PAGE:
First everthing must be done standing, it is a standing sport. This alone will challenge the core. Make sure that the inntrinsic core is firing with the extrinsic core and there are no compensation patterns. If all that is fine then the next level is doing everything in the workout on a single leg then progress that through different modalities of progression. Such as, Airex pad, half foam rolloer, dyna disk, bosu, and voodoo board. This will train stabilty integrated with movement patterns. If extra core work is required then go with planks all around, some Gray Cook chop and lift patterns, and good ol deadlifts for posterior chain strength.
Wobble boards are a good tool to use for snow boarders. Design exercises using this tool that mimic as close as possible the actual sport. Challenge the client’s ability to adjust to varied demands will maintaining balance on the board. Don’t forget to train the legs, strengthening quads, hams, ankles, and calves. Cannot make the moves without your appendages. Strength does enhance balance.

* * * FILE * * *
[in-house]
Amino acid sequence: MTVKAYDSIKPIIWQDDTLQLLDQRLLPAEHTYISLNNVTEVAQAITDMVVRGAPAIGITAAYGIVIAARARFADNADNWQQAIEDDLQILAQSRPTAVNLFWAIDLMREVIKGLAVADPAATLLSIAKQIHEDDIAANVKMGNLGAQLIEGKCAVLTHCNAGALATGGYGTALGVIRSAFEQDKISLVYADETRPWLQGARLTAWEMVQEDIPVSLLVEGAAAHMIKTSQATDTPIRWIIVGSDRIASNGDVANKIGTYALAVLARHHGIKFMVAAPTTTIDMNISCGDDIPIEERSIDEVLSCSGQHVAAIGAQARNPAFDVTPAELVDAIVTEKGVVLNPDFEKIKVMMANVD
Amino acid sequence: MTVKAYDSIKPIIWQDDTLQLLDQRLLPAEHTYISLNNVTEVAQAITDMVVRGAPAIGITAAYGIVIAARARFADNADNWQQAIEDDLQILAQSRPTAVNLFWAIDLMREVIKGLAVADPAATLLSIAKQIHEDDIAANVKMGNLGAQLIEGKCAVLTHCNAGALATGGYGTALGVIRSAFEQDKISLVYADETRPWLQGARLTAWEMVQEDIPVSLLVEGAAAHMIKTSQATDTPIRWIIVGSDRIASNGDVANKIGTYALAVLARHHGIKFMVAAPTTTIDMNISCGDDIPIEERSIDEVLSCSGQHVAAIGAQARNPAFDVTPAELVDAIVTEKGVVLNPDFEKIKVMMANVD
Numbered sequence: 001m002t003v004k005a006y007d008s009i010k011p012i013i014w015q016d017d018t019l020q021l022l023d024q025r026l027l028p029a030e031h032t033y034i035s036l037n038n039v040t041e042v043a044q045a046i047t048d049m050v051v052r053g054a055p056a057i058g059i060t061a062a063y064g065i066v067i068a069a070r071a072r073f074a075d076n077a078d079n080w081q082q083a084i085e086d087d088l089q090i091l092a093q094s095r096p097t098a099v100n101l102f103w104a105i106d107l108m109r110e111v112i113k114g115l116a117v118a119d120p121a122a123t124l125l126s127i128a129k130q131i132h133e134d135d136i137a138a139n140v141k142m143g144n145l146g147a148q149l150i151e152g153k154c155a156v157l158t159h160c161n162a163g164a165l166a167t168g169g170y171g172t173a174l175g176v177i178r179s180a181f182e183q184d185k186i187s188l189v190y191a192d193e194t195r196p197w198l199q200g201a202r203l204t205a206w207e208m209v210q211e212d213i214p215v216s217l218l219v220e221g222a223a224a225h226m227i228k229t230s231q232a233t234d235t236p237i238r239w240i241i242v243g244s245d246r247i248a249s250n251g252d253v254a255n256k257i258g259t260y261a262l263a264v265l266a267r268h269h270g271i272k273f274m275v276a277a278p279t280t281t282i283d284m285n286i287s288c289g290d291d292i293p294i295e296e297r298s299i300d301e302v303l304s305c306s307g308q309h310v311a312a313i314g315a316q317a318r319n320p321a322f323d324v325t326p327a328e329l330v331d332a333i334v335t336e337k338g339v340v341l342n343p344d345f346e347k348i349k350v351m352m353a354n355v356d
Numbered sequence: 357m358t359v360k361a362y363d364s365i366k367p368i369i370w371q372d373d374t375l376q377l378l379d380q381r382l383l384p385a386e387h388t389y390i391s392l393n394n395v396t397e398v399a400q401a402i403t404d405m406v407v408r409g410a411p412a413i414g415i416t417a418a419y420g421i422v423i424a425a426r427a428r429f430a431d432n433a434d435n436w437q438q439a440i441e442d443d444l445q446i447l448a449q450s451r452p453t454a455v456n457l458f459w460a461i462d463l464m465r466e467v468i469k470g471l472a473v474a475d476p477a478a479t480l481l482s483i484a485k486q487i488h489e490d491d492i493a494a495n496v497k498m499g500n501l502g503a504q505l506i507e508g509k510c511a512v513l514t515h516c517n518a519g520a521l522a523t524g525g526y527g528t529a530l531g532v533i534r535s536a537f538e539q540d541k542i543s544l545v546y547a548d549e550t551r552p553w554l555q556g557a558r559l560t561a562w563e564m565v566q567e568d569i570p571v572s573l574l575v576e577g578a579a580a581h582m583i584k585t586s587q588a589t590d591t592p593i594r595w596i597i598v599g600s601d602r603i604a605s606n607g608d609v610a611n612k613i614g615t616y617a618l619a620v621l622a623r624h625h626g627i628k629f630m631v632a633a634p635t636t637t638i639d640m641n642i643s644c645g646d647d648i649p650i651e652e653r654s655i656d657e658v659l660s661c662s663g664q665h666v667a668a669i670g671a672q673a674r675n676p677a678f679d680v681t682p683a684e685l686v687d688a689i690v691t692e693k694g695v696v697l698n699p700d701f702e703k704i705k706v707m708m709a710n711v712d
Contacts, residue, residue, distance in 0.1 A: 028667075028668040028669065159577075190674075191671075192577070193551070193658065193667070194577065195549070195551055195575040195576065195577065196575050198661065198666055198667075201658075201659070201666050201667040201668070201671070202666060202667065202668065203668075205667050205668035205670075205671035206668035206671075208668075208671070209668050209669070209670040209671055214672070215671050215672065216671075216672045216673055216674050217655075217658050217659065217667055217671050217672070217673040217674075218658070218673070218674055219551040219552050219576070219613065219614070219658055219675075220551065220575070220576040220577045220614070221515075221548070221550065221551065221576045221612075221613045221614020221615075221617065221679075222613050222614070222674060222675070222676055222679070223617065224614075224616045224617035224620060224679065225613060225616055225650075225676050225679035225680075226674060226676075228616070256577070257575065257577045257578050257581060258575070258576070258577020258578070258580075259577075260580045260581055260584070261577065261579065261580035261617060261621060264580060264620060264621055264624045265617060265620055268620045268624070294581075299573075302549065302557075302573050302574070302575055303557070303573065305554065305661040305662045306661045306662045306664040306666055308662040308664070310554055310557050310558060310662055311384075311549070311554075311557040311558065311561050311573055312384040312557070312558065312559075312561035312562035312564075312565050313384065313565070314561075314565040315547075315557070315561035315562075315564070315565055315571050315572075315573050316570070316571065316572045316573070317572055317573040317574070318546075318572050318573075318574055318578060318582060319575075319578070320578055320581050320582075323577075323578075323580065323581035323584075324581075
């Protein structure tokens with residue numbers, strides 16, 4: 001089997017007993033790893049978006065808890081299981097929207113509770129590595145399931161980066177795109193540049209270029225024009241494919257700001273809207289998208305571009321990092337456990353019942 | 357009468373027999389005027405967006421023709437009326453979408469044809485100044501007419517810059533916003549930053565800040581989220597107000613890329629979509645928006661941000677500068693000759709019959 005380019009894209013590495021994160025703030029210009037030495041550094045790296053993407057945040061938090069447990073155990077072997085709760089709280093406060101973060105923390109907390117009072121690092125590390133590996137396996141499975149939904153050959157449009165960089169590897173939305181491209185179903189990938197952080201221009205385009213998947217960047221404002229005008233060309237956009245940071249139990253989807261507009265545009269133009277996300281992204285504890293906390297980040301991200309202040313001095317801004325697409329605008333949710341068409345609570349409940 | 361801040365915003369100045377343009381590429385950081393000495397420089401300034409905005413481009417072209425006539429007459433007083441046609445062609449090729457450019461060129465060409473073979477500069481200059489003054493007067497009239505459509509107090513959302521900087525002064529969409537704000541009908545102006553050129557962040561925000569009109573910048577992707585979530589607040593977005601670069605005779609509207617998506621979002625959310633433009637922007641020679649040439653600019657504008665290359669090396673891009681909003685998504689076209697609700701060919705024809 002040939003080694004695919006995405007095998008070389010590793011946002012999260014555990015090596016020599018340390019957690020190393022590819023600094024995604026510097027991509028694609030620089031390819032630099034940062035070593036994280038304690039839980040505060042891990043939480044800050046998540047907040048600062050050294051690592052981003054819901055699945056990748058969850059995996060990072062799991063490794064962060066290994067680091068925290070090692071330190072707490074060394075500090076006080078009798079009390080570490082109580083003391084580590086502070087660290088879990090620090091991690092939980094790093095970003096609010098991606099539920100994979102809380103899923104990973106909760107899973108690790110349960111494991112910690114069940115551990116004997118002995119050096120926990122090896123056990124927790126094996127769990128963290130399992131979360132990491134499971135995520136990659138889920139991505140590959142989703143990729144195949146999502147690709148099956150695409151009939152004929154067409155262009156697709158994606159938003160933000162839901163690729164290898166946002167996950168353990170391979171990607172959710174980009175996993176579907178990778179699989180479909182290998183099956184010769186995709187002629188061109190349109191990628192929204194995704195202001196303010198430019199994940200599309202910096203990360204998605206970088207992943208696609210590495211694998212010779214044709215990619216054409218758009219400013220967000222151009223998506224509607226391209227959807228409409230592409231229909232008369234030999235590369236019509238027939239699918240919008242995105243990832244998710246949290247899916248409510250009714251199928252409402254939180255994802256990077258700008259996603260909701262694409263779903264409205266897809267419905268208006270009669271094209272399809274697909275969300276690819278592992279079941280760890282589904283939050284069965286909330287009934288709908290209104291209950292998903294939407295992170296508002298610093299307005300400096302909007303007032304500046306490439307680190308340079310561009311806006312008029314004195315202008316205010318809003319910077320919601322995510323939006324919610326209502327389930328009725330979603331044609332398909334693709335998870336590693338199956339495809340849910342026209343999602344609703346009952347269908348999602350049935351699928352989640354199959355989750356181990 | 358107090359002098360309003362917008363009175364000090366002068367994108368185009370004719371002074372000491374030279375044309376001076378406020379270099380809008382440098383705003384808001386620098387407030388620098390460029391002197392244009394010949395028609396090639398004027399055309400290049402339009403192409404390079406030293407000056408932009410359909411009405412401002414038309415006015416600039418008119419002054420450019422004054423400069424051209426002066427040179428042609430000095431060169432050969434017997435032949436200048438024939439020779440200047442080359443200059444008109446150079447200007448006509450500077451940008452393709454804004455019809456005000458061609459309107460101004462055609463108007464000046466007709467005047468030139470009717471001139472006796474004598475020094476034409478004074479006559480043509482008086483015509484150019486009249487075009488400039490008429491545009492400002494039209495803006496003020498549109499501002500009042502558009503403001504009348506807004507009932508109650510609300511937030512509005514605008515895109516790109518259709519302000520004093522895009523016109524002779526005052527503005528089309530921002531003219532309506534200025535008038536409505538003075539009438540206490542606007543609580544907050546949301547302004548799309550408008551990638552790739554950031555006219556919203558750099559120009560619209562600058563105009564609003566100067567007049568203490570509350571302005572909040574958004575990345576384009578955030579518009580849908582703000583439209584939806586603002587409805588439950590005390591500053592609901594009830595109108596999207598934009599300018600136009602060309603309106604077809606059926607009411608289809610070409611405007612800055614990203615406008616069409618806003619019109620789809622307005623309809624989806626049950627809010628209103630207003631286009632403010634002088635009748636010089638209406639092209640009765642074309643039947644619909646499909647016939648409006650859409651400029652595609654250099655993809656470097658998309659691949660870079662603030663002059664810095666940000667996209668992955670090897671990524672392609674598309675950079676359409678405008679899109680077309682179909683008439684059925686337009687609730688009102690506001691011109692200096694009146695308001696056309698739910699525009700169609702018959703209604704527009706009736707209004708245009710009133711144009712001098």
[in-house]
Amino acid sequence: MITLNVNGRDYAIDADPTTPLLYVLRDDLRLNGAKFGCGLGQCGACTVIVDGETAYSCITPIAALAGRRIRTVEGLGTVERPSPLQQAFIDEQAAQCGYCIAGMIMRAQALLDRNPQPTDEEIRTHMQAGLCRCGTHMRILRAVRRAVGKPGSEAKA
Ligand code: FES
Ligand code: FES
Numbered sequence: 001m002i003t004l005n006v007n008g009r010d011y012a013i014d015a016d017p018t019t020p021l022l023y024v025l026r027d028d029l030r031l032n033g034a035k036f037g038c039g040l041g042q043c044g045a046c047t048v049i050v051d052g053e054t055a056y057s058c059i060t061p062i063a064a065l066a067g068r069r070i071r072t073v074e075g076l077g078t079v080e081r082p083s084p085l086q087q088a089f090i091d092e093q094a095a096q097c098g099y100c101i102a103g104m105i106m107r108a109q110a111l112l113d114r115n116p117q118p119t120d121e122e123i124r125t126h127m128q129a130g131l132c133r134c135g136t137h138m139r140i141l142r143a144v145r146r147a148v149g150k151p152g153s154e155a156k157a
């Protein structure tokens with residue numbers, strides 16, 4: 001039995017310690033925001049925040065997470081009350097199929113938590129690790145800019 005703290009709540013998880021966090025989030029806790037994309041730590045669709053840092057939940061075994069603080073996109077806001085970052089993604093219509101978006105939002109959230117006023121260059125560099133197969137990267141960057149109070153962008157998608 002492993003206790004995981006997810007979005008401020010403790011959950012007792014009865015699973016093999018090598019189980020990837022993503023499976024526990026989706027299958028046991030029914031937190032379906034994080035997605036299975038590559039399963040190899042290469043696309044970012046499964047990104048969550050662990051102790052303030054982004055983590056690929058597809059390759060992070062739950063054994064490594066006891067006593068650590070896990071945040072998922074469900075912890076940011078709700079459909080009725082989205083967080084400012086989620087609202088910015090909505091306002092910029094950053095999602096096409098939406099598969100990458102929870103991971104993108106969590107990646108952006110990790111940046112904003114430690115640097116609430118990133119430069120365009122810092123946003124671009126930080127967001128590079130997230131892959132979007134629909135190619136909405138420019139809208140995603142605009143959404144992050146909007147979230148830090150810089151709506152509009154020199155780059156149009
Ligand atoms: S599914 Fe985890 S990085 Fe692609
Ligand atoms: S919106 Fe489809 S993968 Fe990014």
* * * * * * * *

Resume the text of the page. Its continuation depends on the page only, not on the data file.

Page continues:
Look into tight rope walking. May sound crazy but you can start off with a decenntly thick strap and narrowit as you get better at it. Intense core stability and balance workout. Good for snowboarding, skiing, surfing, skating and anything that might require quick postural changes for the sake of balance.
I would argue for yoga, especially for styles that are principally standing postures (.e.g Bikram-esque). Postures like tree pose, dancers pose, standing forehead to knee, etc. Other benefits:
-core stability improves
-increased flexibility (which could only help should the athlete fall when snowboarding, for example)
-balance out the R and L sides of the body – since snowboarding is an “unequal” sport in terms of which leg is always in front etc.